A valid question, assuming the god-of-the-Bible is an eternal being and would, presumably, consider four millenia an insignificant epoch. Still, all those humans who died during those millenia might have appreciated having a messiah to forgive them for their sins and save them from eternal damnation. Also, and more importantly, most humans respond better when correction is proximate to the infraction, not if it appears several millenia after the fact. Unfortunately, the god-of-the-Bible apparently slept through that lecture in psych class, the result being that sin is (according to all the evangelists I've heard) widespread throughout human society. Had the god-of-the-Bible been more prompt in addressing the sin problem — for example, right there in Eden — maybe the human race wouldn't have all the sin it reportedly has today.

  3. Erika Price says:

    I agree with you, grumpy. If we interpret the bible literally, as many believers in it do, God comes across as a moody, petty, selfish simpleton. When we consider this god's supposed all-knowing-ness, exercises such as the Tree of Knowledge, the Flood, the Ten Commandments, and even the Apocalypse seem like useless theatrics.

    Why doesn't the god-of-the-bible fast-forward us to Christ's reign on earth? Why can't he make the lion lie down with the lamb now? If God has the power and the knowledge that Christianity claims he does, and if he also loves us dearly, why must we jump through so many of His hoops?

  4. grumpypilgrim says:

    Erika nicely summarizes my trouble with so many of the world's religions: why must we jump through so many of His hoops? I just don't get why so many religious believers point to atheism and call it an empty, meaningless belief system, while at the same time declaring their allegiance to a religion in which humans are nothing more than characters in some invisible deity's Nintendo game, as if that somehow infuses their existence with profound worth. I just shake my head.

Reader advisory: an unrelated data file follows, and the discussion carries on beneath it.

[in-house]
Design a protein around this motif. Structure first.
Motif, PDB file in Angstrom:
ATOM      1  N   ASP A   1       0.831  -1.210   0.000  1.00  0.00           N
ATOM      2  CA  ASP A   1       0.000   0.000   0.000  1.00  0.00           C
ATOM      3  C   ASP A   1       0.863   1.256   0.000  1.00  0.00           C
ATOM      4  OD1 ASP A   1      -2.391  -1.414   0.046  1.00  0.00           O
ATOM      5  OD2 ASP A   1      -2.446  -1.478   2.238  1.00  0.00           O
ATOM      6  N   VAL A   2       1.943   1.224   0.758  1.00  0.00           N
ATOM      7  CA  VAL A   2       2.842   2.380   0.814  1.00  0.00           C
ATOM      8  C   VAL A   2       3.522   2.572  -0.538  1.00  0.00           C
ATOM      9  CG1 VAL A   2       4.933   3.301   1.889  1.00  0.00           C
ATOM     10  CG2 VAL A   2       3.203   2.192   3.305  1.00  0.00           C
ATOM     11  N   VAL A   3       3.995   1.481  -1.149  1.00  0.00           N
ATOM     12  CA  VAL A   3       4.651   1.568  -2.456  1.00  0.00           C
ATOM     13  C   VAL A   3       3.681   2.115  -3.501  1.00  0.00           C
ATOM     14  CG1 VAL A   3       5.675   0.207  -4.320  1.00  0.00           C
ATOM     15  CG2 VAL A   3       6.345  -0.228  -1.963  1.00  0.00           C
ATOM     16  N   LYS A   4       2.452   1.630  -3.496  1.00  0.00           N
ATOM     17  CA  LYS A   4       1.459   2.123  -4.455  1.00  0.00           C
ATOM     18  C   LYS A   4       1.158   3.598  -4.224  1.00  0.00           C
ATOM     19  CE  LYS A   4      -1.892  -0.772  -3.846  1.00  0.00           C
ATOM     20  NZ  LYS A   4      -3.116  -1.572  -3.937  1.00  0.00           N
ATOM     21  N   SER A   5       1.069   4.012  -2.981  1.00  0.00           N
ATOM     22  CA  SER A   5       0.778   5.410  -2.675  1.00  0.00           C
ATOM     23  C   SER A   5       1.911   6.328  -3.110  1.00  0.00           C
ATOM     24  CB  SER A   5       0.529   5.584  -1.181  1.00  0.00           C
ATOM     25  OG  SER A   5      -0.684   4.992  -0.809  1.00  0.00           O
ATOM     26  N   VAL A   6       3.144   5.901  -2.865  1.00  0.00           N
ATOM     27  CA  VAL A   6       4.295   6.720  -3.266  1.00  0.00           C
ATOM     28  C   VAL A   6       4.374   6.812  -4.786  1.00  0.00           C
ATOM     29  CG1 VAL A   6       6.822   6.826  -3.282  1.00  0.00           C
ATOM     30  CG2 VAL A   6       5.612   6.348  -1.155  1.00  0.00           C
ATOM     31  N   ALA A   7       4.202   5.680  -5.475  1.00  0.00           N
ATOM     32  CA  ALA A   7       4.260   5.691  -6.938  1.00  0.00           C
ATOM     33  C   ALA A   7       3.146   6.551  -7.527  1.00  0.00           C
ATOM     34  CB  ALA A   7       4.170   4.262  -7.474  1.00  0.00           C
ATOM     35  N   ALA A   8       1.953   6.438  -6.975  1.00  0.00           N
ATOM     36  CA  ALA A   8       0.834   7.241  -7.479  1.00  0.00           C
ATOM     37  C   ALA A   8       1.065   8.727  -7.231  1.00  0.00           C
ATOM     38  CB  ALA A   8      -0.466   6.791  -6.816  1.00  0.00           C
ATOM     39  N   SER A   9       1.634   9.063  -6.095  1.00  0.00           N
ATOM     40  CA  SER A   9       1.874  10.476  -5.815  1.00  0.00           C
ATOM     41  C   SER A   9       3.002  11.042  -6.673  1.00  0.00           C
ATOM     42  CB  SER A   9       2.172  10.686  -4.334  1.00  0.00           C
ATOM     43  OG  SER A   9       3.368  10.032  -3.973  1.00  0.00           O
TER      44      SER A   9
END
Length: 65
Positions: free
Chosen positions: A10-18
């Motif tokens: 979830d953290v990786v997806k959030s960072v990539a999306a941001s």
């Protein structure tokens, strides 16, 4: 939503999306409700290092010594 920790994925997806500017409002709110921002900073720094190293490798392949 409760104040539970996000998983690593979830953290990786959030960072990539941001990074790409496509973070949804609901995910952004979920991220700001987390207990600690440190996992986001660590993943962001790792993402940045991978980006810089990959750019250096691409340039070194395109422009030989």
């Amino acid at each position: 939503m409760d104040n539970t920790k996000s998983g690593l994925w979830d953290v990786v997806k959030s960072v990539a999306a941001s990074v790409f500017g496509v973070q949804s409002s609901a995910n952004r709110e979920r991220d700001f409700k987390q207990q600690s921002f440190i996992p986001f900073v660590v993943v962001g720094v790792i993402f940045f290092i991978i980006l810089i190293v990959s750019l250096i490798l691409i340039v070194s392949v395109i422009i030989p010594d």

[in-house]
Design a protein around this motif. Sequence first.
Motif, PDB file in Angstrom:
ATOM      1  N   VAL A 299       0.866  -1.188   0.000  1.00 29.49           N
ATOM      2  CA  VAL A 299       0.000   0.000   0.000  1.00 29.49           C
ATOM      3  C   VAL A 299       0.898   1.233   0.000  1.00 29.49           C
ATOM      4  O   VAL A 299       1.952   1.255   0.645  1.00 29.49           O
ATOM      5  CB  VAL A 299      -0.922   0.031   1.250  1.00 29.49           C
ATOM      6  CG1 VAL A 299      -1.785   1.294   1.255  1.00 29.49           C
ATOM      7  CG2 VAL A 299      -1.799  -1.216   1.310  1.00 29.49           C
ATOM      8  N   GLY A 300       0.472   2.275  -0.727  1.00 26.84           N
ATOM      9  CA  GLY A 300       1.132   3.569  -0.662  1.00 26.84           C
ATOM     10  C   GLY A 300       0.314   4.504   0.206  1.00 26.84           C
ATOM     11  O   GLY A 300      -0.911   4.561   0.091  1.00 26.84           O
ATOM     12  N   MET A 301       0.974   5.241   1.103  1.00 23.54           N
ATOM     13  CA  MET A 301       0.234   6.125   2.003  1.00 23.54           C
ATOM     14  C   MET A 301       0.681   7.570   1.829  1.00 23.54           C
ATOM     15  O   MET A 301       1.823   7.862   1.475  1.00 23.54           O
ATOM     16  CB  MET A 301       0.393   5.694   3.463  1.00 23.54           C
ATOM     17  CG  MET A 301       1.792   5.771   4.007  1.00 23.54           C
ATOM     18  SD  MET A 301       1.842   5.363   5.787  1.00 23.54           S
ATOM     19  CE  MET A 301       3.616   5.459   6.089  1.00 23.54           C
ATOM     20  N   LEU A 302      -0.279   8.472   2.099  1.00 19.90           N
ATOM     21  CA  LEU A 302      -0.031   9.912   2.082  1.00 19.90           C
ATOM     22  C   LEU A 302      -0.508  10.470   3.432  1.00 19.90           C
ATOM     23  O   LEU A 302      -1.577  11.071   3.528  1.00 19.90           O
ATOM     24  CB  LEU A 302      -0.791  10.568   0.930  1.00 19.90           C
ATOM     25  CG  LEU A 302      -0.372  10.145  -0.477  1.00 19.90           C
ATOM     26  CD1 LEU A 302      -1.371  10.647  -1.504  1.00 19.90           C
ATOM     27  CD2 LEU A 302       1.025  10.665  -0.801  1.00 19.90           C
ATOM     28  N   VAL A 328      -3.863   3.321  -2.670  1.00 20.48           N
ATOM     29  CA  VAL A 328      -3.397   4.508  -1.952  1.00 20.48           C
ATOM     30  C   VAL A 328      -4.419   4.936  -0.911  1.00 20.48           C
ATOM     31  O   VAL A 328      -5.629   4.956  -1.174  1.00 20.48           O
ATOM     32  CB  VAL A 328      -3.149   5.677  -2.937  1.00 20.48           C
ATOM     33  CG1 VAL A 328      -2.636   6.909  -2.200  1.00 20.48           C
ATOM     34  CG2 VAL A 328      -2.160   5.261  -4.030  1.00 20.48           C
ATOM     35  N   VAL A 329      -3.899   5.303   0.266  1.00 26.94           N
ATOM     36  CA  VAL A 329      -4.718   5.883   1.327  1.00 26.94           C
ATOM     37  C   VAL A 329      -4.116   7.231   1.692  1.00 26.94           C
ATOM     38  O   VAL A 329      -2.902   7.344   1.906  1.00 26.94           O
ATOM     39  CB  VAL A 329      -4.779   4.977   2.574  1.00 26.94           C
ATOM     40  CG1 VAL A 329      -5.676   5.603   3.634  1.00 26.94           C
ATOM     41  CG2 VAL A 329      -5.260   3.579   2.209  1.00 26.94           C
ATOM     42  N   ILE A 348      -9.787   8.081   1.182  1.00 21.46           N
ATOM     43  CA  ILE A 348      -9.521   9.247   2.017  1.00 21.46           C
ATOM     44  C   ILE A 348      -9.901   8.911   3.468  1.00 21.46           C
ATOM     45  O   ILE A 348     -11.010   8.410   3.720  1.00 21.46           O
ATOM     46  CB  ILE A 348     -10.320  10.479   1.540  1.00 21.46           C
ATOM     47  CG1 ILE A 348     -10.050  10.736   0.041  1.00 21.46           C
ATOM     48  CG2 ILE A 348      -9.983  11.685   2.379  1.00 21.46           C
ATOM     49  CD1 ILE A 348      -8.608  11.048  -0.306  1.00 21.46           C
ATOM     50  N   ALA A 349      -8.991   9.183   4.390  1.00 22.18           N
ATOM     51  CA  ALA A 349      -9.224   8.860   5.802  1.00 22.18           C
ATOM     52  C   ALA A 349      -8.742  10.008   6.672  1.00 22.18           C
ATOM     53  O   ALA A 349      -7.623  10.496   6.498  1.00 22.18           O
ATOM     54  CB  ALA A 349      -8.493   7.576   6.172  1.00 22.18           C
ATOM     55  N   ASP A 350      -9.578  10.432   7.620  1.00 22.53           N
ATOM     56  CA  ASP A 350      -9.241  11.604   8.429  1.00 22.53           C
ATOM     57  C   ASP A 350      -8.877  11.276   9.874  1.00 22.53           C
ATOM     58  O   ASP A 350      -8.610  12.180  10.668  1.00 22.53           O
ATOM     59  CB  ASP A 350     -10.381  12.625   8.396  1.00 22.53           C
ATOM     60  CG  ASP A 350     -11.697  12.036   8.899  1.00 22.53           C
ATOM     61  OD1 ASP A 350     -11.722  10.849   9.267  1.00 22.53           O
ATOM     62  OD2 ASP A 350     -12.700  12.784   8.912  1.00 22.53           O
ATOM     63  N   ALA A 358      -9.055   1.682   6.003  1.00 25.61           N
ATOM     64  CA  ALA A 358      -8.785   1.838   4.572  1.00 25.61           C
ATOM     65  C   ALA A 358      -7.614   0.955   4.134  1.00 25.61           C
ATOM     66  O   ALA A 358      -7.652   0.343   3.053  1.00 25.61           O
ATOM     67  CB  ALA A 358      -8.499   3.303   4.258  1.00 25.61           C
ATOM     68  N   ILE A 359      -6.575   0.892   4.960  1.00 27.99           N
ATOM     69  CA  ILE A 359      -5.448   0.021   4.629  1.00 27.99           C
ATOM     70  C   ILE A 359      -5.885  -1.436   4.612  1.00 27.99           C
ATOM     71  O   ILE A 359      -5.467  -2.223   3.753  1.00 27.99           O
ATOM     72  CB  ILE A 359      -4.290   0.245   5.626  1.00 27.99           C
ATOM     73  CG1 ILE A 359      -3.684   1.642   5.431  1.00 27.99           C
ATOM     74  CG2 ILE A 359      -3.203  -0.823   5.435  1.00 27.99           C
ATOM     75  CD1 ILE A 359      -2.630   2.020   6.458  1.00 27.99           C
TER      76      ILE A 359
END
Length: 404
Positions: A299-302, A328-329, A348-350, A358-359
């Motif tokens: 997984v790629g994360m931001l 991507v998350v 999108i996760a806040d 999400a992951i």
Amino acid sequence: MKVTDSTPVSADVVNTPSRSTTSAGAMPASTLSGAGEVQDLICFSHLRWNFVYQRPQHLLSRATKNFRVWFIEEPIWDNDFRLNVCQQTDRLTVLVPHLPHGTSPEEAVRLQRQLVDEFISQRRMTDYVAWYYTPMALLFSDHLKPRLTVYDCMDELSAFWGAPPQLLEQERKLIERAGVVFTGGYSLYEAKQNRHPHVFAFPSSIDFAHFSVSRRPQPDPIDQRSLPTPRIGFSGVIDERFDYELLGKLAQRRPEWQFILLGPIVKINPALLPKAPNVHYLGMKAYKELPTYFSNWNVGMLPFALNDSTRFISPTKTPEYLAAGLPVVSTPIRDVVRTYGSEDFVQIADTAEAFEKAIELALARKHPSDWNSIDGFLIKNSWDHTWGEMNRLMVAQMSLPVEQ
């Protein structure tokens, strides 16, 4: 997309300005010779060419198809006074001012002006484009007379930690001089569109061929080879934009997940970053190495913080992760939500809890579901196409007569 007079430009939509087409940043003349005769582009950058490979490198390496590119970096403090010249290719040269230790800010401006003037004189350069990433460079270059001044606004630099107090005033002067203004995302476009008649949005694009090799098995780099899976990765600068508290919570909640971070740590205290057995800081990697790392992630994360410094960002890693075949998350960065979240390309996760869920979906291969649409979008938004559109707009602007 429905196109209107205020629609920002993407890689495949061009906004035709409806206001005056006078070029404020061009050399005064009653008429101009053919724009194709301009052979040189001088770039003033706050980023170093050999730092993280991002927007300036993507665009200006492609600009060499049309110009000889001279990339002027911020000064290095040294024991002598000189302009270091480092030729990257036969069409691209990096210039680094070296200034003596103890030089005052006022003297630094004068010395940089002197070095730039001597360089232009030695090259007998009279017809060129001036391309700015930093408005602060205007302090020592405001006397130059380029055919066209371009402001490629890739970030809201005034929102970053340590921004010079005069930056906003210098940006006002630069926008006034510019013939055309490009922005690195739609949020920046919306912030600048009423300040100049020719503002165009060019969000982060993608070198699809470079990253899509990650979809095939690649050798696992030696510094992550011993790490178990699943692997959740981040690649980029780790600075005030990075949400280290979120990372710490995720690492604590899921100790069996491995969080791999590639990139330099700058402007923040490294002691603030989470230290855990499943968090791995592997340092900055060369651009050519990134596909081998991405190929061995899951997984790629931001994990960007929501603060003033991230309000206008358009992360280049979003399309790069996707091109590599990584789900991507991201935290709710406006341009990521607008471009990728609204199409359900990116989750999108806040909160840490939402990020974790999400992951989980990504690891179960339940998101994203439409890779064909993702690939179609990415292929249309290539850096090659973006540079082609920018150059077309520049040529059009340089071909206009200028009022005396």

5. Ikram says:

    There is a God. He created everything. He created humans because he could. He made them with the intention of putting them on earth, but their first test was in heaven, which they failed.

    God could always come to Earth with the angels, which would make atheist rallies very unpopular.

    God doesn't want to force you to believe in Him, because this will defeat the whole purpose of creating you.

    God gave humans free will, and many beautiful ways of sensing things. God wants humans to use their senses to realize God's existence, and then choose the believe in Him. This is the beautiful phenomena that God wants to see. It is a matchless manifestation of His greatness.

    But God is too kind to leave humans on their own. Instead, He made the task of finding Him easier for humans by sending them prophets.

    The idea of a great God having a son is so stupid, so fictional, that I don't blame anybody for not believing in it.

    I want to believe in a God who is perfect, who is always with me, who doesn't get tired, and who doesn't have a son. Christians plagiarized the idea of gods having sons from Greek mythology.

    Where does Satan come in? It is simple. If you are good, God will help you. If you are bad, Satan will.

    Satan is not some uncontrollable monster as the Bible depicts it. He is just the bad type of Jinns, a different type of life form who, like humans, have free will.

    • Erich Vieth says:

      Ikram. Your comment constitutes preaching and thereby violates the DI comment policy. Further submissions of this type will be rejected at DI, though there are certainly many other websites out there that would welcome your comments, which are not based on any evidence. What you "want" to believe and what old sacred books tell you do not necessarily have anything to do with reality.

    • Dan Klarmann says:

      We so rarely get Quranic preaching here.